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Quiz: Is Your Dog at Risk for Overheating?

Knowing how your dog handles hot weather can help you keep him from overheating. Take this quiz to find out.

Cassandra Radcliff  |  Aug 10th 2016


Editor’s note: Have you seen the new Dogster print magazine in stores? Or in the waiting room of your vet’s office? This article appeared in our August-September issue. Subscribe to Dogster and get the bimonthly magazine delivered to your home.

It’s hot, it’s humid, and you’re taking a walk with your dog. You wipe the sweat off your forehead and think about that cold shower you’re going to take when you get home. But when you look at your dog, can you see the signs that he may be overheating, too? Take this quiz to see how your dog handles the heat.

1. As you walk down the sidewalk in the stifling heat, your dog is:

a. Keeping up with you, panting a little, but looking good. You just gave him a drink from the collapsible travel bowl you have clipped to his leash.
b. Leaving wet paw prints on the sidewalk behind him, which quickly evaporate away.
c. Panting heavily and walking too slowly. You say, “Come on, boy!” to try to make him hurry up.

2. The sun is so strong today. If you hadn’t worn sunscreen, you’d surely get a sunburn. You decide to:

a. Carry your dog across the street (that blacktop gets scorching hot!) to walk in the grass under the trees.
b. Run with him across the street so you can walk where it might be a little cooler.
c. Stay in the sun for a while longer to soak up that vitamin D. Your dog’s not going to get sunburned through all that fur!

3. You take a break under a tree. As you drink from your water bottle, your dog:

a. Lies down and enjoys the cool grass. You give him another drink from his bowl.
b. Lies down and is panting a lot. You figure he’s probably just tired from sprinting across the street.
c. Lies down, pants loudly, and drools a lot, although he’s typically not a drooler. You bend down to pet him and notice that he feels really warm.

4. You start walking back home and see that your dog:

a. Bounces right back up when you’re ready to keep walking.
b. Is walking slower than before, and you are, too. It’s really hot out today!
c. Is not getting up from the grass. You’ll have to carry him.

5. You’re finally home! Ahh, that air conditioning! Your dog:

a. Grabs his favorite chew toy and starts gnawing away on it.
b. Drinks water from his bowl, lies down on the cool tile floor in the kitchen, and takes a long nap.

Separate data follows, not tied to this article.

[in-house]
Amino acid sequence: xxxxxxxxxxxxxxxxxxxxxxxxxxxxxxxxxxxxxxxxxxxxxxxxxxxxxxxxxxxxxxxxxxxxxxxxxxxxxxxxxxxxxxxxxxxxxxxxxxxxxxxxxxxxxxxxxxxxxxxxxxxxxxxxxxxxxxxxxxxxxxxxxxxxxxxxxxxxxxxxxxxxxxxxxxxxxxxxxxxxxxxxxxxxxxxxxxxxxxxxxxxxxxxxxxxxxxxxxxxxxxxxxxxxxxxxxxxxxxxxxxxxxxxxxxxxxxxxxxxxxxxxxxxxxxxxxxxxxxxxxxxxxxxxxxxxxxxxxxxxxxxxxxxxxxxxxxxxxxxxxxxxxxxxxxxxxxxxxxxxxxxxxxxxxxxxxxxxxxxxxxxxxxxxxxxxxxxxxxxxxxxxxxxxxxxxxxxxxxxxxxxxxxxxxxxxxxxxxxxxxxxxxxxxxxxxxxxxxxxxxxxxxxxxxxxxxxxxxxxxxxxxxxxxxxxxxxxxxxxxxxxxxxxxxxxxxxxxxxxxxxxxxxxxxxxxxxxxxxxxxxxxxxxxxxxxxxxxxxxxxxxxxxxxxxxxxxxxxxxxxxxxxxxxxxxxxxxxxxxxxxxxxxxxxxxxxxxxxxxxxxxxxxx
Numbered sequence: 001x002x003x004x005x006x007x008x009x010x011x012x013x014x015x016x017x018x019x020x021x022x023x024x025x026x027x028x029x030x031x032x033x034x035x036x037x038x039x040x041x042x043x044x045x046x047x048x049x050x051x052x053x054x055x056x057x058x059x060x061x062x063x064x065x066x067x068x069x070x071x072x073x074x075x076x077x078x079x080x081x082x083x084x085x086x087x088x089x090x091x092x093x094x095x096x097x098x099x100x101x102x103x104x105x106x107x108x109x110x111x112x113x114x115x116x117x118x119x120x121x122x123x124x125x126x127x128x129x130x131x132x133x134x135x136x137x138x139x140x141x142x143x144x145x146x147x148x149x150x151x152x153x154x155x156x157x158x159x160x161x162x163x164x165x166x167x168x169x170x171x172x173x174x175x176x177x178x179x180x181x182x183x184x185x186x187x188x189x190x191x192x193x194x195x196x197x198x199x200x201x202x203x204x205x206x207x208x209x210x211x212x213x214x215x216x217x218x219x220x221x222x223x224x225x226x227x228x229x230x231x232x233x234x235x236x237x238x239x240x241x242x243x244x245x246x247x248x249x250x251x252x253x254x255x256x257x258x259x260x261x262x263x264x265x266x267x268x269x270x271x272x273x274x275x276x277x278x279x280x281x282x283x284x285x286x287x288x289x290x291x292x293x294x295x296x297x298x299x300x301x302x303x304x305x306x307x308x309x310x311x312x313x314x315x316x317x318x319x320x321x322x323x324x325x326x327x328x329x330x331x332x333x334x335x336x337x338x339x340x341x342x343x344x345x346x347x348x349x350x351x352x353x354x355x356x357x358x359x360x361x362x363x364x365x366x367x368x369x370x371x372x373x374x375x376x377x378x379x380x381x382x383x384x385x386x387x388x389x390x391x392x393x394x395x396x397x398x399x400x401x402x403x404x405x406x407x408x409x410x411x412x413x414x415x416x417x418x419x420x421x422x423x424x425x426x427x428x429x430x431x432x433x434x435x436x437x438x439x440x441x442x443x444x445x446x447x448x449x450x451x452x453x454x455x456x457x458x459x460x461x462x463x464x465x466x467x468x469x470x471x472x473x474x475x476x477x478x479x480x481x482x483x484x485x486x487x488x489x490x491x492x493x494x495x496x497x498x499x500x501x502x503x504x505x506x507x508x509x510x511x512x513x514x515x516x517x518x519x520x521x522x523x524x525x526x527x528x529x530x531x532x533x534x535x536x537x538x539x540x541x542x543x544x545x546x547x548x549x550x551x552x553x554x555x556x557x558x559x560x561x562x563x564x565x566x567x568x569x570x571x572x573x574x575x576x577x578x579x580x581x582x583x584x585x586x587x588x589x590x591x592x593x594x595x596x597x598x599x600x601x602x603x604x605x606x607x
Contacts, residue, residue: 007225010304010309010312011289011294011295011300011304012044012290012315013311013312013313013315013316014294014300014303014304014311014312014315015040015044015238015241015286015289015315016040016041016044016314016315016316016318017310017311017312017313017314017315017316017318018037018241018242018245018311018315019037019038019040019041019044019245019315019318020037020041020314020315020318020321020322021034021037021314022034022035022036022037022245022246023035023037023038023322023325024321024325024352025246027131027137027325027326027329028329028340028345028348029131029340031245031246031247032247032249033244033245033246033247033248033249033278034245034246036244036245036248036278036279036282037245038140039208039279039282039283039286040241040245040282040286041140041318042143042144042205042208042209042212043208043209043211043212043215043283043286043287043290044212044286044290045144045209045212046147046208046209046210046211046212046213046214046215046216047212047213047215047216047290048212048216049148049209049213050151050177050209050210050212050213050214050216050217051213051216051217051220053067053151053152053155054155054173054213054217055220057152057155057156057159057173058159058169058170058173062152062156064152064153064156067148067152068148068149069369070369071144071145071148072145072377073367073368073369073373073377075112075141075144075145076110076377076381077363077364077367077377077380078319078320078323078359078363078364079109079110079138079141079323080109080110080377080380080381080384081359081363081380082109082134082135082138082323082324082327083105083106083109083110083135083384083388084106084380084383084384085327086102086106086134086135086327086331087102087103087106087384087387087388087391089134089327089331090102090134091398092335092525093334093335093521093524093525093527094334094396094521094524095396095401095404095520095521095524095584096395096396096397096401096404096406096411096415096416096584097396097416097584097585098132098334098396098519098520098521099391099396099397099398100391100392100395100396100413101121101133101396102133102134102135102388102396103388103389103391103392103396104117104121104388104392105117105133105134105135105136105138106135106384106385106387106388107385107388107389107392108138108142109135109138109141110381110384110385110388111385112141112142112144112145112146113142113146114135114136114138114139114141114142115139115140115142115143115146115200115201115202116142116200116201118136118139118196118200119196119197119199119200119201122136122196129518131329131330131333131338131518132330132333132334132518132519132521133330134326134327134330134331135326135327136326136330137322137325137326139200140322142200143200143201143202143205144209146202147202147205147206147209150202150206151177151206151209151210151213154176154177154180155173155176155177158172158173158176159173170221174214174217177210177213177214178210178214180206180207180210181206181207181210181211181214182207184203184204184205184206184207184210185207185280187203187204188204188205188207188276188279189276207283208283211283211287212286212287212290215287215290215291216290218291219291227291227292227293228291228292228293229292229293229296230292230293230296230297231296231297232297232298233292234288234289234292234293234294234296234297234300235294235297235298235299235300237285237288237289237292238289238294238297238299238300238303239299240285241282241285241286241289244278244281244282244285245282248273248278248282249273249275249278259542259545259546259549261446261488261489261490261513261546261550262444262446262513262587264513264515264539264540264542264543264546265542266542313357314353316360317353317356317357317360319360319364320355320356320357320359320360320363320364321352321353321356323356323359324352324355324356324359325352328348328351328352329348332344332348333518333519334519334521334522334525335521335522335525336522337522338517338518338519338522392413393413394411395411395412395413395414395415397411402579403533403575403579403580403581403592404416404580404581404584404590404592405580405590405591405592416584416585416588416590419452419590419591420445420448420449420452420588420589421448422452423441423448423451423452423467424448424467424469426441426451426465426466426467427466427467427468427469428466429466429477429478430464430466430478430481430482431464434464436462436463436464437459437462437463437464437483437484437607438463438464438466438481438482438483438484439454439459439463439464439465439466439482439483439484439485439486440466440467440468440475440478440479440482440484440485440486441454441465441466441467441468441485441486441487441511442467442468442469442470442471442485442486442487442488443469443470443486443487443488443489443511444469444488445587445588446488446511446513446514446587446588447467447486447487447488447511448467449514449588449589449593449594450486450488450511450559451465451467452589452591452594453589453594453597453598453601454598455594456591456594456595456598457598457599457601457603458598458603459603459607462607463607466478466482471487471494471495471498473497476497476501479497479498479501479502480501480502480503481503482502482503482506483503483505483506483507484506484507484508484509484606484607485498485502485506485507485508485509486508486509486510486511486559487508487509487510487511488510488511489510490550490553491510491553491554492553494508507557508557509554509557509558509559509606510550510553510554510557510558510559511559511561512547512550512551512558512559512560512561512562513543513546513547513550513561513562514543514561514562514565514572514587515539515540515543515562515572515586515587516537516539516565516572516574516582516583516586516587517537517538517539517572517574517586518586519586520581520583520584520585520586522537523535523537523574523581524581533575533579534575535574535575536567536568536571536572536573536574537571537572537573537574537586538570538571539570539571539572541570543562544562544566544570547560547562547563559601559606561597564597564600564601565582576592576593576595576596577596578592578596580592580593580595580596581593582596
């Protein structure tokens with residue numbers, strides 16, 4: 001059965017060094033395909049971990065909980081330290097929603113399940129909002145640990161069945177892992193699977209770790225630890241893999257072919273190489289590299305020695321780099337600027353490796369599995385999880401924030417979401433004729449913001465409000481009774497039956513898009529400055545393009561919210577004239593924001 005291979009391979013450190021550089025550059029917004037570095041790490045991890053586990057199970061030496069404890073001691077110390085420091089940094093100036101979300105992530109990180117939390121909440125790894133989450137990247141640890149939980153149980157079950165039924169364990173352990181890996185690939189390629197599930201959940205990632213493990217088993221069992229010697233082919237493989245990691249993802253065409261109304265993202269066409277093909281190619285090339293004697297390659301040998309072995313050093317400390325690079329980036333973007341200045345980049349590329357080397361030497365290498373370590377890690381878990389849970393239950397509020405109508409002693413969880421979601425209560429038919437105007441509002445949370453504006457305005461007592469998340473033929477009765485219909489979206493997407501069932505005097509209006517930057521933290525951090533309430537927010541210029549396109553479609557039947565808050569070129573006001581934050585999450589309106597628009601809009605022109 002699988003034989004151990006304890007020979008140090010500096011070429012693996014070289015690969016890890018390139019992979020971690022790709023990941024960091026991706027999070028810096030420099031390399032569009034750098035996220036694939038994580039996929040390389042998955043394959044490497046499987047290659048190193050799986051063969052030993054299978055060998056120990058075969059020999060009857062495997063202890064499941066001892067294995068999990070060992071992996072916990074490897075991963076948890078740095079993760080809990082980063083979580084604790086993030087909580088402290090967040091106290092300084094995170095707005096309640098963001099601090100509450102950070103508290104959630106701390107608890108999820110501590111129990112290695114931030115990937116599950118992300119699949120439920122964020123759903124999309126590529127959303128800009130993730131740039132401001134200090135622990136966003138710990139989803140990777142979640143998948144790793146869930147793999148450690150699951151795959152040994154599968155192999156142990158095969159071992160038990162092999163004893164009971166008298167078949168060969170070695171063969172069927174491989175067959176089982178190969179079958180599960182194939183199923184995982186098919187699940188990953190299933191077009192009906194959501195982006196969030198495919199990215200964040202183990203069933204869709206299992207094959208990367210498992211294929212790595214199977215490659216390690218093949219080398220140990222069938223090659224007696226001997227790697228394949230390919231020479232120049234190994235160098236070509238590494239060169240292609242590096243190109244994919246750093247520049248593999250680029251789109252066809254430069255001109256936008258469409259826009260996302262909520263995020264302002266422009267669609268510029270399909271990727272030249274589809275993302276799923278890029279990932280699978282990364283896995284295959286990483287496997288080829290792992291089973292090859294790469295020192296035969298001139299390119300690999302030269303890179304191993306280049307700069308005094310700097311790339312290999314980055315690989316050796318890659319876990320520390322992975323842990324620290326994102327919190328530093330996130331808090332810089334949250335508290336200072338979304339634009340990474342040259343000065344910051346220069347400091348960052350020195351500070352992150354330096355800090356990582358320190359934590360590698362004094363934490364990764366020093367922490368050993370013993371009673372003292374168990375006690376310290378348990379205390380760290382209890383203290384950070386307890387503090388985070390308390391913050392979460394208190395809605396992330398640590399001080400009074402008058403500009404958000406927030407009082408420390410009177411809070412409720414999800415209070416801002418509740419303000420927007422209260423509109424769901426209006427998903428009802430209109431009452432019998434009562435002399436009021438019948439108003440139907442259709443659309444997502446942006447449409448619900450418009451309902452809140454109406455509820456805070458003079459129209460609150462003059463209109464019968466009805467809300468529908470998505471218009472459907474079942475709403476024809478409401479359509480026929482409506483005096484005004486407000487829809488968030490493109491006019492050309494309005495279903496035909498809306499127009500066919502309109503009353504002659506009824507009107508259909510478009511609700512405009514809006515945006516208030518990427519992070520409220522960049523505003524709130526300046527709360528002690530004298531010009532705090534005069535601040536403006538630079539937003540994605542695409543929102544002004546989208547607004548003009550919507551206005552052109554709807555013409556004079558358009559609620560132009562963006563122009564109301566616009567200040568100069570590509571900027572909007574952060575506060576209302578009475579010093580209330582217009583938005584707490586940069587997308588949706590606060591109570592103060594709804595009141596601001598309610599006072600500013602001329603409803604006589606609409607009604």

c. Drinks a bunch of water, then vomits and collapses. (Holy moly, what are you waiting for? Call the vet!)

Mostly As

Dog on the beach by Shutterstock.

Dog on the beach by Shutterstock.

Fine and Dandy — You make your dog as comfortable as possible on hot days. You walk during the cooler times of the day, keep off the hot pavement, stay in the shade, and provide fresh water. If you have a long-haired
or brachycephalic breed or an older and younger dog, you keep an extra close eye on him. John A. Hamil, D.V.M., author and Bloodhound breeder, said, “heatstroke is best prevented by avoiding … risk factors and closely observing your dog.” You’re doing just that, so keep up the good work!

Mostly Bs

Dog panting by Shutterstock.

Dog panting by Shutterstock.

Too Hot to Trot — During your walk, your dog started displaying some symptoms of overheating. Luckily, you got home just in time for your dog to cool off before things got worse. Next time, if you notice bright red gums, rapid heart rate, dry nose, unusual panting or drooling, hot skin, lying down and refusing to get up, vomiting, and staggering, Dr. Hamil recommended that you “stop all activity, and walk or carry your dog to a cool, shaded area with good air circulation.” Provide water and wait a few minutes, and your dog should recover quickly.

Mostly Cs

Dog on back by Shutterstock.

Red Alert! — If you answered mostly Cs, your dog needs to cool down immediately — but don’t go
too cool too fast! The normal body temperature for dogs is 101.5, and a temperature of 105 is an indication of heatstroke. Dr. Hamil recommended using cool (not cold!) water on the dog’s entire body and using a fan, if possible. Don’t cool your dog below 103 without the help of a vet because this can be dangerous. (Let me guess, you don’t carry a rectal thermometer with you everywhere you go, right? Me neither. Play it safe, and take your dog to the vet if he shows signs of heatstroke.)